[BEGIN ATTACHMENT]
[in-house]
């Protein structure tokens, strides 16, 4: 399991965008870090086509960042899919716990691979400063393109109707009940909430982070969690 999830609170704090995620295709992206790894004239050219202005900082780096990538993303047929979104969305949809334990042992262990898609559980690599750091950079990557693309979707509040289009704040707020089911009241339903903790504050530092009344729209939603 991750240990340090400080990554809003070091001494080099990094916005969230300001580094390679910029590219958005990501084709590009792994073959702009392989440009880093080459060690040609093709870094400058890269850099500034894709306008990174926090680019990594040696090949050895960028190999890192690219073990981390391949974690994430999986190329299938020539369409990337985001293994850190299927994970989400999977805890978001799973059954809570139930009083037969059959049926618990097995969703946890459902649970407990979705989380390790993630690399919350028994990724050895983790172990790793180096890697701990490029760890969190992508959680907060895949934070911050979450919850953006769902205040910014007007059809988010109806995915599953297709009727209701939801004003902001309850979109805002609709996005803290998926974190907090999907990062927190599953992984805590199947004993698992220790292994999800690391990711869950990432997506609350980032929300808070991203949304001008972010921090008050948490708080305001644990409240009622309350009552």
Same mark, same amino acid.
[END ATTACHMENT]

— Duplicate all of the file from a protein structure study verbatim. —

[in-house]
């Protein structure tokens, strides 16, 4: 399991965008870090086509960042899919716990691979400063393109109707009940909430982070969690 999830609170704090995620295709992206790894004239050219202005900082780096990538993303047929979104969305949809334990042992262990898609559980690599750091950079990557693309979707509040289009704040707020089911009241339903903790504050530092009344729209939603 991750240990340090400080990554809003070091001494080099990094916005969230300001580094390679910029590219958005990501084709590009792994073959702009392989440009880093080459060690040609093709870094400058890269850099500034894709306008990174926090680019990594040696090949050895960028190999890192690219073990981390391949974690994430999986190329299938020539369409990337985001293994850190299927994970989400999977805890978001799973059954809570139930009083037969059959049926618990097995969703946890459902649970407990979705989380390790993630690399919350028994990724050895983790172990790793180096890697701990490029760890969190992508959680907060895949934070911050979450919850953006769902205040910014007007059809988010109806995915599953297709009727209701939801004003902001309850979109805002609709996005803290998926974190907090999907990062927190599953992984805590199947004993698992220790292994999800690391990711869950990432997506609350980032929300808070991203949304001008972010921090008050948490708080305001644990409240009622309350009552």
Same mark, same amino acid.